Fast Food Workers Walk Out Across The Country (PHOTOS)

Fast Food Workers To Walk Out Across The Country This Week

NEW YORK -- Fast food workers across the country are walking off their jobs this week in protest of what they describe as low wages and unfair labor practices.

The employees, in New York, Chicago, Detroit and other cities, are calling for a $15 per hour wage as well as the right to unionize without fear of retaliation. The campaign launched Monday in New York City, and has been aided by Fast Food Forward, a New York City-based advocacy group of fast food workers:

A crowd of hundreds of workers stretching an entire city block crowded outside a Union Square McDonald's Monday afternoon, holding signs amid chants of "we can't survive on $7.25" and "hey hey, ho ho, poverty wage has got to go."

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Workers and activists protest outside a Union Square McDonald's Monday.

(Scroll down for more photos of worker actions on Tuesday)

Nathalia Sepulveda, 21, one of the workers protesting Monday with her three-year-old son in tow, said she's struggled to get by working 24 hours per week for the minimum wage at a Bronx McDonald's.

"7.25 does not cut it, especially as a mom," Sepulveda told The Huffington Post, referring to her minimum wage paycheck. "I have to sacrifice certain things to get by and sometimes I still don't cut it."

Raysha Colon, a 21-year-old Burger King employee marching with the protesters said her demands go beyond wages. She's pregnant and would like to have access to some paid time off because she feels too weak to work. She's not alone, 90 percent of restaurant workers said in a survey last year that they don't have any paid sick days.

The protesters are seeking to boost workers' access to benefits by increasing union participation in the fast food industry. Workers and activists chanted "What's disgusting? Union busting," as they marched from Union Square to a chapter of the Service Employees International Union Monday afternoon.

"I have to keep working there because they won't help," Colon told HuffPost. "I want to get paid more money, I want justice, I want hours, I want help."

McDonald's didn't immediately return requests seeking comment from HuffPost. Burger King officials wrote in an e-mailed statement to HuffPost that "Burger King restaurants have provided an entry point into the workforce for millions of Americans," adding that more than 99 percent of Burger King eateries are owned by franchisees.

"Burger King restaurants offer compensation and benefits that are consistent," with industry standards, the statement reads.

Monday’s strikes mark at least the third time since last November that New York City fast food workers have walked off the job in protest. Just last week, McDonald’s workers staged a walk out at a New York City eatery after they were forced to work in record-high temperatures without air conditioning. One worker collapsed due to the heat.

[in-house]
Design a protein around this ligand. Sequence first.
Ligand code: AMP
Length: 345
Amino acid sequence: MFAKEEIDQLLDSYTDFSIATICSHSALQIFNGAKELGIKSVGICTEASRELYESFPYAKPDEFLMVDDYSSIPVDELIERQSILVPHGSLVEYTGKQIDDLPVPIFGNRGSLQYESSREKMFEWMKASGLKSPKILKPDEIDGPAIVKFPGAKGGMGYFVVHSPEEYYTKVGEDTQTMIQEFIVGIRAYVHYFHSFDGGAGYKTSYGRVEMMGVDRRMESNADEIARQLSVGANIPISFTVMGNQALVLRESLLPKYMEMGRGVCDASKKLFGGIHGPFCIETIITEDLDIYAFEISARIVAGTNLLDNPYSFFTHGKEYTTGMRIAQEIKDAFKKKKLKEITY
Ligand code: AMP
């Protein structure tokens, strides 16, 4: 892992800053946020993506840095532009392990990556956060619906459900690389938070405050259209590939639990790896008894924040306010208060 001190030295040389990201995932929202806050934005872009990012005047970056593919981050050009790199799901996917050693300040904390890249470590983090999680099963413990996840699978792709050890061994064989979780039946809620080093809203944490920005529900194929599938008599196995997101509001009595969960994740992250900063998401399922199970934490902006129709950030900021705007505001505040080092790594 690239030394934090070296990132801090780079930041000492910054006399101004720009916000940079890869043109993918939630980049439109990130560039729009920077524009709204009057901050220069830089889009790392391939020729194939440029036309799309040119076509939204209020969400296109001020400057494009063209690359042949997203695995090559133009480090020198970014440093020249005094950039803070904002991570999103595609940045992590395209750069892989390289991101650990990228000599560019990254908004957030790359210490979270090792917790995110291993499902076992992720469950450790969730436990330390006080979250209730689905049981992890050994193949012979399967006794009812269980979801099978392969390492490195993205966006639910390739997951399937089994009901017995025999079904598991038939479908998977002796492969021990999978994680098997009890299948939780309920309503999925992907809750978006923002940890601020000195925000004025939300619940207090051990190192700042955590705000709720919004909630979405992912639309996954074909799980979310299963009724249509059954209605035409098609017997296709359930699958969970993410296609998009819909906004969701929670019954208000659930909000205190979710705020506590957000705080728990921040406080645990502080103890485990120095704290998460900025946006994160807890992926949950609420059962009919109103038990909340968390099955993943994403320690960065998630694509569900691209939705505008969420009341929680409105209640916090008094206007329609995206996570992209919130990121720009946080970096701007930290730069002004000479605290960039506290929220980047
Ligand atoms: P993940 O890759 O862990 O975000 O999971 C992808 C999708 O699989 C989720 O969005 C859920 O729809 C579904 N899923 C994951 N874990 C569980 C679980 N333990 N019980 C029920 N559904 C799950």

New York City fast food workers made $9 per hour on average last year -- or $18,500 annually for a full-time worker. That’s more than the national and city minimum wage of $7.25 per hour, but it’s far less than the $67,153 it takes for a one-parent, one-child household to survive in New York City, according to a budget calculator from the left-leaning Economic Policy Institute.

Nationally, the restaurant industry has created jobs at a faster pace than the rest of the economy for the past 14 years. But fast food workers take home only between $150 and $350 per week on average, according to The New York Times.

Check out more photos and tweets from HuffPost, Fast Food Forward and New York Communities for Change, an organization advocating for low-income workers and families across New York state, below:

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Jashaum Sadler, left along with his children Malik and Jazlin take part in a protest on behalf of fast food workers in New York on Monday. (Damon Dahlen/Huff Post)

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Workers and activists protest outside a Union Square McDonald's Monday. (Damon Dahlen/Huff Post)

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Workers and activists protest outside a Union Square McDonald's Monday. (Damon Dahlen/Huff Post)

Politicians, including Rep. Matt Cartwright (D-Penn.) and New York City Council candidate Kristen John Foy, join the protesters:

Check out photos from Tuesday's actions in St. Louis, via labor activist Cathy Sherwin's twitter:

Check back here for additional updates.

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